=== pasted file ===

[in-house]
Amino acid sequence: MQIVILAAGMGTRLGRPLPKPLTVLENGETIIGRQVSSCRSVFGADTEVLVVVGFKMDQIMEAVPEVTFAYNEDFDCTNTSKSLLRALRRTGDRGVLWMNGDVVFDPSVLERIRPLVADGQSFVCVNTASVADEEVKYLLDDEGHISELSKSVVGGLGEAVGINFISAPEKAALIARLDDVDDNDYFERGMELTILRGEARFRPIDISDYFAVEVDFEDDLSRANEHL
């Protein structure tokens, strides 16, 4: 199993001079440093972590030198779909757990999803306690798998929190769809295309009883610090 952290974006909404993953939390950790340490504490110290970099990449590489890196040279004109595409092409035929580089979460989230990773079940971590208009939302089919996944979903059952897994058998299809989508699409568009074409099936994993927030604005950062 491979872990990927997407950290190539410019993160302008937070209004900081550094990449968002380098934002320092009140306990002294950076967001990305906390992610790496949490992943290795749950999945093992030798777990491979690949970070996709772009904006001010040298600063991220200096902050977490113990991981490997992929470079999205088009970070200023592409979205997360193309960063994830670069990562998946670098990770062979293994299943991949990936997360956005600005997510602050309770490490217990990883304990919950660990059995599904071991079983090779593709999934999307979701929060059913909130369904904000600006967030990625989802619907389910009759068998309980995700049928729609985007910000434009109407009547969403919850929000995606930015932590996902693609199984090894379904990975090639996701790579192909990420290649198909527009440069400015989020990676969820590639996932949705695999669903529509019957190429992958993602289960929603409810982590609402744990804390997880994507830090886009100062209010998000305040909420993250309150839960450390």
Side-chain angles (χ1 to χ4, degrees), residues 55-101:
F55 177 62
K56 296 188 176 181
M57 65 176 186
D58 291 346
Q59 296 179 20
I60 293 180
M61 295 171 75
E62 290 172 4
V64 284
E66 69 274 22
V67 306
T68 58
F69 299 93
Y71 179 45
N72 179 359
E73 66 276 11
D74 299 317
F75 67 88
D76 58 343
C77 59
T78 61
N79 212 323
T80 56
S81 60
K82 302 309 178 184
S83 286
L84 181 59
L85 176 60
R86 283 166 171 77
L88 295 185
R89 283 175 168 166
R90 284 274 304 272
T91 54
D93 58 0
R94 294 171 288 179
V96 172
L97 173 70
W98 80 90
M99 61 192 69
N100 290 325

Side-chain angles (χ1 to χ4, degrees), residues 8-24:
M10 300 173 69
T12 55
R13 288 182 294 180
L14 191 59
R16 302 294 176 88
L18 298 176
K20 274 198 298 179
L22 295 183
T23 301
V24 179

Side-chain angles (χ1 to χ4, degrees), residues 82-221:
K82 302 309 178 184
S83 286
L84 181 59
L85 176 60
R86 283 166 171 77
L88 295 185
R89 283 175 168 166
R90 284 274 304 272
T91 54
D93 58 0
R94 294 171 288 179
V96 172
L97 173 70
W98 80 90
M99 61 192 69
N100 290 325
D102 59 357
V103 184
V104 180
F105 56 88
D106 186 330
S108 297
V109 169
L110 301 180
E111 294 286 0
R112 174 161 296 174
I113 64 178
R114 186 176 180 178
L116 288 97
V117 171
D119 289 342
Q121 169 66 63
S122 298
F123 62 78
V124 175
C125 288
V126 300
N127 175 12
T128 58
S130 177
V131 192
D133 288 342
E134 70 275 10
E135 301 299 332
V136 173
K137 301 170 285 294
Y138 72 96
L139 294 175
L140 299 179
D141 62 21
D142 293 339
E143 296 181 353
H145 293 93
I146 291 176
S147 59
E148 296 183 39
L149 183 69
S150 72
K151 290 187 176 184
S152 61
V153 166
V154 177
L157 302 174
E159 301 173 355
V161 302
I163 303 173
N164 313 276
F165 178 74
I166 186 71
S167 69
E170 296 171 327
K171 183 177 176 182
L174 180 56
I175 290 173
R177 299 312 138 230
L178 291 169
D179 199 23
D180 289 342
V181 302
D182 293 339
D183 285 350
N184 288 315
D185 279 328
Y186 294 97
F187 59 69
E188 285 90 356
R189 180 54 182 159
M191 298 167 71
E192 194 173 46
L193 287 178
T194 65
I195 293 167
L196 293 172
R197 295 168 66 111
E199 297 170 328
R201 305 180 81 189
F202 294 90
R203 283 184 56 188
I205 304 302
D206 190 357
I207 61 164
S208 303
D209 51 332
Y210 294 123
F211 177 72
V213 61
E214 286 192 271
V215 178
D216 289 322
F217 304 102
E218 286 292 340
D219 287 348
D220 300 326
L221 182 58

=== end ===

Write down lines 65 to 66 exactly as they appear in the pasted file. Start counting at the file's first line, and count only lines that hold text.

T91 54
D93 58 0